New masters of the media universe? I don’t think so.

I couldn’t help but weigh in on the Observer comments thread in response to this frothy article about the new celebrities that are our mainstream financial journalists.

These are people with enormous influence and power. Sadly, they are not helping us much in tackling the feral behaviour of unrestrained and barely regulated international financial markets and banks. They describe the surface of these complex issues but not why nothing is being done politically to change the fundamentals. Don’t be fooled by puff stories about a few bankers’ bonuses – which is deckchairs on the Titanic territory.

To be fair to the reporters highlighted in the Observer piece, it is probably impossible to do these  jobs properly while staying employed in those posts.

I know the tensions involved having been a markets reporter myself from 1997 to 2001, an experience I describe in chapter 3 of Fraudcast News. It was a key part of a reporting experience that led me to conclude that I must quit Reuters to find an alternative journalism model.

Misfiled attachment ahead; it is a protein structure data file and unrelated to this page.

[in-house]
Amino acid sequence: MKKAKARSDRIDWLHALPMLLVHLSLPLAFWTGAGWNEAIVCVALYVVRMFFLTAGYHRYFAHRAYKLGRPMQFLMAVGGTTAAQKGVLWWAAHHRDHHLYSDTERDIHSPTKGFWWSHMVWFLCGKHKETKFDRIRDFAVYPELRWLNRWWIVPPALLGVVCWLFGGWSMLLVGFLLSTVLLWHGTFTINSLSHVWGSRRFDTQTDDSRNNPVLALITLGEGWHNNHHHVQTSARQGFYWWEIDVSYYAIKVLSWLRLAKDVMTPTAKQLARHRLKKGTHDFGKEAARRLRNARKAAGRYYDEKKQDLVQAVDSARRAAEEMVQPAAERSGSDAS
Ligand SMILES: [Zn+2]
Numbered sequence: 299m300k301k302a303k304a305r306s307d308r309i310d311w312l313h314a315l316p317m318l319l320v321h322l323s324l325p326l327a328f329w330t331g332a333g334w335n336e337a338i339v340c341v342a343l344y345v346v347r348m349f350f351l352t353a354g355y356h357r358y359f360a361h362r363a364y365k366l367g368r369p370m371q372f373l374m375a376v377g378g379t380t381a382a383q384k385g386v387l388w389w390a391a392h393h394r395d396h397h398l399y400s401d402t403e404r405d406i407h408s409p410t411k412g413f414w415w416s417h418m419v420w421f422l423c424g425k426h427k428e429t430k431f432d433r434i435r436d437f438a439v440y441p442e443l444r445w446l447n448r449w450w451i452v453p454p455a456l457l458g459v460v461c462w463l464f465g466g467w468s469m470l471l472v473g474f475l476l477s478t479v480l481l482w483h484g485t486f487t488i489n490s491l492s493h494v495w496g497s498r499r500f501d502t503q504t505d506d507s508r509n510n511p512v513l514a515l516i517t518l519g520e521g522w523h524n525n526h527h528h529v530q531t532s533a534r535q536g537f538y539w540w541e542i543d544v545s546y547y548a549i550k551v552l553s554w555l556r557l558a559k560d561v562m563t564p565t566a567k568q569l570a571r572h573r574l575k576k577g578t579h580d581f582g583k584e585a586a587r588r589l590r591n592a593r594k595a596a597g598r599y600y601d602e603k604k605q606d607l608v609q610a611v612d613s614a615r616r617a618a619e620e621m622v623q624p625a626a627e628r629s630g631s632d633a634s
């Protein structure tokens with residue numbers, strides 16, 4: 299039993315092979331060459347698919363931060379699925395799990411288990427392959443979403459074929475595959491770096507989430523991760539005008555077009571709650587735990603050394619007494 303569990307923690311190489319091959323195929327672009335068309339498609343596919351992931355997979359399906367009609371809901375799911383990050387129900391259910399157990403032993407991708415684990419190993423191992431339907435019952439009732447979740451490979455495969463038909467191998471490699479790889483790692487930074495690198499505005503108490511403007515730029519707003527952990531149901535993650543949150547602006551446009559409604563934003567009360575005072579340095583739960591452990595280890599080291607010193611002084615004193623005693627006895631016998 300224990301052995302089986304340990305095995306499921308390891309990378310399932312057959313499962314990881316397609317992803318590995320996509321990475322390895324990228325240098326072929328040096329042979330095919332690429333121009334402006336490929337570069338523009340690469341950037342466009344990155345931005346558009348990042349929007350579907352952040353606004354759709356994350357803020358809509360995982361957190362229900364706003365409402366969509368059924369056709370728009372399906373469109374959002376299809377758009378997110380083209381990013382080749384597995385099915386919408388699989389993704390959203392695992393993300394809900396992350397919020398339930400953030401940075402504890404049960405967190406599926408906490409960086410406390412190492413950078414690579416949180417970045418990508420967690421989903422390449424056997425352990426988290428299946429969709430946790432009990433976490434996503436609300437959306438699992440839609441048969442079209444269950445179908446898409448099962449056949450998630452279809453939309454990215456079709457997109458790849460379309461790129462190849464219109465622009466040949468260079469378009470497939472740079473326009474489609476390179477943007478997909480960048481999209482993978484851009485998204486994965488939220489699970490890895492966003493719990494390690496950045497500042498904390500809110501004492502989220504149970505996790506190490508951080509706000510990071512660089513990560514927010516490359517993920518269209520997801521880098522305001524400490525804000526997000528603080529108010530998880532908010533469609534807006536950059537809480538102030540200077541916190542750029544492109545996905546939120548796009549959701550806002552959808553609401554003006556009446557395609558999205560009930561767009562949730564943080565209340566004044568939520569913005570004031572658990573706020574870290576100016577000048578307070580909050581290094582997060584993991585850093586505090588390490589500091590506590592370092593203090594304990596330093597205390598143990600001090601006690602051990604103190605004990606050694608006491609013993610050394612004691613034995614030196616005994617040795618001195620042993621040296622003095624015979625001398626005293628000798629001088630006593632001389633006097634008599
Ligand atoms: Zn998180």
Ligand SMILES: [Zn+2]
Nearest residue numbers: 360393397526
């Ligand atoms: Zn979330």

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2 responses to “New masters of the media universe? I don’t think so.

  1. I’m commenting here because of your insightful response on the Guardian “New Masters of the Media Universe” thread. I’m a business reporter and what I’ve found is a noisy, regurgitated echo-chamber of linked headlines (little or no analysis), financial markets reported on much like a football game (witness CNBC’s aptly named “Half Time” show), and the infection of soundbyte=news…spreading, quoted, re-quoted.

    I’ll read your book. — Francesca Robin

    • Thank you Francesca. The sports metaphor applies just as much to politics coverage, blurring all meaning and leaving us none the wiser as to what’s going on. Thanks also your Twitter follow – I, in turn, will look at mental tuning forks and all that they might imply.

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